“Harry’s Place” was likely left off The Rising in favor of “Mary’s Place”, which is no better. “Down In The Hole” begins low-key like a Devils & Dust track, but picks up with crazy samples and sound effects, just as “Heaven’s Wall” opens with a gospel chant and beats a “raise your hand” motif into submission. “Frankie Fell In Love” is a nice throwback to his character songs from the ‘70s, and “The Wall” a nice memorial to Vietnam veterans. But “This Is Your Sword” is an unconvincing call to arms, and “Hunter Of Invisible Game”, while lilting, lopes aimlessly.
While some of the songs are certainly worth saving from obscurity, the album as a whole fails. Perhaps as proof that he’s no longer his best editor, an EP called American Beauty appeared for Record Store Day and online streaming, containing four songs easily as good if not better than anything on High Hopes. The title track and “Hurry Up Sundown” are rousing arena rockers, “Mary Mary” a sweet strum, and “Hey Blue Eyes” a deceptively pretty tune about wartime atrocity.

Bruce Springsteen High Hopes (2014)—2
Bruce Springsteen
American Beauty (2014)—3

Friday, October 27, 2017

Bob Weir 1: Ace

Of the Grateful Dead’s front men, Bob Weir was always the most basic musically. His songs had a tendency toward good-time boogie, with no rampant experimental characteristics. It was a good balance for a live show, since the songs were simple enough to learn, but as the only selections on an album, things can get a little dull. Unless, of course, you love to boogie.
Ace is a Bob Weir solo in name only, as the basic band on every track is the Grateful Dead; moreover, it serves as the premier of new keyboards guy Keith Godchaux, along with his wife Donna on backing vocals. “Greatest Story Ever Told” leaps out of the gate with a war whoop and exactly the type of rhythm Deadheads live for. Thanks to lyrics by Robert Hunter, the story is interesting. “Black-Throated Wind” has a different sound thanks to lyrics from Weir’s friend John Barlow, the stumbly meter, and prominent horn section, but “Walk In The Sunshine” is just plain dippy even for him. “Playing In The Band” had already appeared on the “Skull & Roses” album, here it’s nearly twice as long and more intricate, thanks to the competent piano.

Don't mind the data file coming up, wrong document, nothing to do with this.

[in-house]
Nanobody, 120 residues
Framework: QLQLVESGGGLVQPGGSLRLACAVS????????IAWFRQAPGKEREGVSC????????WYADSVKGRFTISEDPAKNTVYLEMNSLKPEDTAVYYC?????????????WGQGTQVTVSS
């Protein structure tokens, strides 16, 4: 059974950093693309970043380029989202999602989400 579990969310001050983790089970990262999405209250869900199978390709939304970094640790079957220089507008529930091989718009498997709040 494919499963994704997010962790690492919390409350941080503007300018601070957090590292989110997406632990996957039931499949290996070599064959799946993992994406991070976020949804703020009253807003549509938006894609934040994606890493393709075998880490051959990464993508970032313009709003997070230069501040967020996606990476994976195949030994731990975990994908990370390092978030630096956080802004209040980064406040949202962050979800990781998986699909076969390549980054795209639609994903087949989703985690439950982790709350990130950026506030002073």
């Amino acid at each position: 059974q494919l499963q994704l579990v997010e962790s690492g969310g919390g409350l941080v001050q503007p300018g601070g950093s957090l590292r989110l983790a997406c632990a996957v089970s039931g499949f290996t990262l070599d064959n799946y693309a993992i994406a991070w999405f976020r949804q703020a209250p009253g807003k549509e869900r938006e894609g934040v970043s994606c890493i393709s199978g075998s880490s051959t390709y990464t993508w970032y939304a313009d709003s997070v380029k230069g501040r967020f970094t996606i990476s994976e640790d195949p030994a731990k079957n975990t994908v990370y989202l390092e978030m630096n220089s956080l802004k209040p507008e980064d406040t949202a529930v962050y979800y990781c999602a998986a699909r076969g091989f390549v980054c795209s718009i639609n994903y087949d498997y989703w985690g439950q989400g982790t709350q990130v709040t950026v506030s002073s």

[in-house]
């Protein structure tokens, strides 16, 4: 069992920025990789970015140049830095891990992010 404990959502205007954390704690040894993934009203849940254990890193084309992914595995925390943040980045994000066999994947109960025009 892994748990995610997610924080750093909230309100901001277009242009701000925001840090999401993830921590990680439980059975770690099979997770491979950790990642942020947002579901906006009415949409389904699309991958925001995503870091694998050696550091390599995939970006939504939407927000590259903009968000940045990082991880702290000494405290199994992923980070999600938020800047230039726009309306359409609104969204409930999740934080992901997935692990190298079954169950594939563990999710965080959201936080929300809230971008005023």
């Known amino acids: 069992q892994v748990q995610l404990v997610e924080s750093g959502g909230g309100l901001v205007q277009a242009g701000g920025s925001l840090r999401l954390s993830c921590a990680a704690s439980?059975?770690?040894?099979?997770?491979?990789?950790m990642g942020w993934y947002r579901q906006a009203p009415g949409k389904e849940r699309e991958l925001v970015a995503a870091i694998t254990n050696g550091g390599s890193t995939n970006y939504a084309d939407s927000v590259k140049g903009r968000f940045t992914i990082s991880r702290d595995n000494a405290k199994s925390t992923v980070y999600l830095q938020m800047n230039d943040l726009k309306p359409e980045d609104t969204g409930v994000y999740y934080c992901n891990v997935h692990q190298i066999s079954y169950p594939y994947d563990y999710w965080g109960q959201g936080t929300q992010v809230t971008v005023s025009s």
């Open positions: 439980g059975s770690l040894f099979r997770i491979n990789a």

The true hidden gem of the album is “Looks Like Rain”, with its perfectly heartbroken vocal, a complementary pedal steel from Jerry, and a string arrangement of all things. It’s a wonder this hasn’t been covered by more people. It could be because its effect is flattened by the goofy mariachi horns on “Mexicali Blues”—a decent saloon tune, but oh, that incessant “da-dat-dat”. “One More Saturday Night” would also be a band staple; here’s it’s just more boogie in the mode set by “Greatest Story”. With its multi-faceted lyrics and possible interpretations, “Cassidy” makes for a very effective closer.
Take the best parts of Ace and shuffle them with the vocal highlights from Garcia’s solo album from earlier in the year, and you’d have a pretty strong ’72 Dead studio album. Instead, indulgence reigned the day, even for these guys. As it is, there’s enough good on it to outweigh the rest, so it works. Meanwhile, two of the songs (“Playing In The Band” and “Greatest Story”) would appear later the same year on Mickey Hart’s solo album Rolling Thunder, which went even further away from the traditional Dead sound. Despite the appearances of most of the Dead, the album incorporates contributions from members of Quicksilver Messenger Service, Jefferson Airplane, and other Frisco musicians, the Tower of Power horns, and two well-known tabla players to his own percussion to present something of a world music fusion.

Bob Weir Ace (1972)—3